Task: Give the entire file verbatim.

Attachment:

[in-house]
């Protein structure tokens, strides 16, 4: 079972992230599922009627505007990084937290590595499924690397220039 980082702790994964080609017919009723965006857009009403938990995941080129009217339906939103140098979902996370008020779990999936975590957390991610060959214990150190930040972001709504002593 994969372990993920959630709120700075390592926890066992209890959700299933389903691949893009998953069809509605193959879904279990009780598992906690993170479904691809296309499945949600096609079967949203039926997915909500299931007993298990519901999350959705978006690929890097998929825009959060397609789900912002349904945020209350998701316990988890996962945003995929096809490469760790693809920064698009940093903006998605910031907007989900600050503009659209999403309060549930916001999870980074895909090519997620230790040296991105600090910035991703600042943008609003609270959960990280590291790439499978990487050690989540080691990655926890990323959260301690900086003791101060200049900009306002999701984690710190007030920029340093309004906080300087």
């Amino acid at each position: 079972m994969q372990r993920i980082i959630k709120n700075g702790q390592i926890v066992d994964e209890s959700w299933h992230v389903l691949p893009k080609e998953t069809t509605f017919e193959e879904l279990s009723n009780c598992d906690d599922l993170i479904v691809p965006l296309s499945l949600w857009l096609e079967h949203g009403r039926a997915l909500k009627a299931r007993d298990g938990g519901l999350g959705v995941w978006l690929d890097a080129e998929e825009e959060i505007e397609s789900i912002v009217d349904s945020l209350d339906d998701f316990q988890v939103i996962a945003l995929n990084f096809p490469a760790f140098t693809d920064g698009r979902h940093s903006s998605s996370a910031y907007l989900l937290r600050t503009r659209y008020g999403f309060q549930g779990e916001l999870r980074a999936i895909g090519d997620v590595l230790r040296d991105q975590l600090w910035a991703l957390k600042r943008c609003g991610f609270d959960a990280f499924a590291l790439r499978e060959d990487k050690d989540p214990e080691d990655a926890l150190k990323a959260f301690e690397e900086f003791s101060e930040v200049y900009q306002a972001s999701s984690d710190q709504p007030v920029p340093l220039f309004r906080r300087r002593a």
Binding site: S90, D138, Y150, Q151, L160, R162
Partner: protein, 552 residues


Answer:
[in-house]
């Protein structure tokens, strides 16, 4: 079972992230599922009627505007990084937290590595499924690397220039 980082702790994964080609017919009723965006857009009403938990995941080129009217339906939103140098979902996370008020779990999936975590957390991610060959214990150190930040972001709504002593 994969372990993920959630709120700075390592926890066992209890959700299933389903691949893009998953069809509605193959879904279990009780598992906690993170479904691809296309499945949600096609079967949203039926997915909500299931007993298990519901999350959705978006690929890097998929825009959060397609789900912002349904945020209350998701316990988890996962945003995929096809490469760790693809920064698009940093903006998605910031907007989900600050503009659209999403309060549930916001999870980074895909090519997620230790040296991105600090910035991703600042943008609003609270959960990280590291790439499978990487050690989540080691990655926890990323959260301690900086003791101060200049900009306002999701984690710190007030920029340093309004906080300087």
């Amino acid at each position: 079972m994969q372990r993920i980082i959630k709120n700075g702790q390592i926890v066992d994964e209890s959700w299933h992230v389903l691949p893009k080609e998953t069809t509605f017919e193959e879904l279990s009723n009780c598992d906690d599922l993170i479904v691809p965006l296309s499945l949600w857009l096609e079967h949203g009403r039926a997915l909500k009627a299931r007993d298990g938990g519901l999350g959705v995941w978006l690929d890097a080129e998929e825009e959060i505007e397609s789900i912002v009217d349904s945020l209350d339906d998701f316990q988890v939103i996962a945003l995929n990084f096809p490469a760790f140098t693809d920064g698009r979902h940093s903006s998605s996370a910031y907007l989900l937290r600050t503009r659209y008020g999403f309060q549930g779990e916001l999870r980074a999936i895909g090519d997620v590595l230790r040296d991105q975590l600090w910035a991703l957390k600042r943008c609003g991610f609270d959960a990280f499924a590291l790439r499978e060959d990487k050690d989540p214990e080691d990655a926890l150190k990323a959260f301690e690397e900086f003791s101060e930040v200049y900009q306002a972001s999701s984690d710190q709504p007030v920029p340093l220039f309004r906080r300087r002593a």
Binding site: S90, D138, Y150, Q151, L160, R162
Partner: protein, 552 residues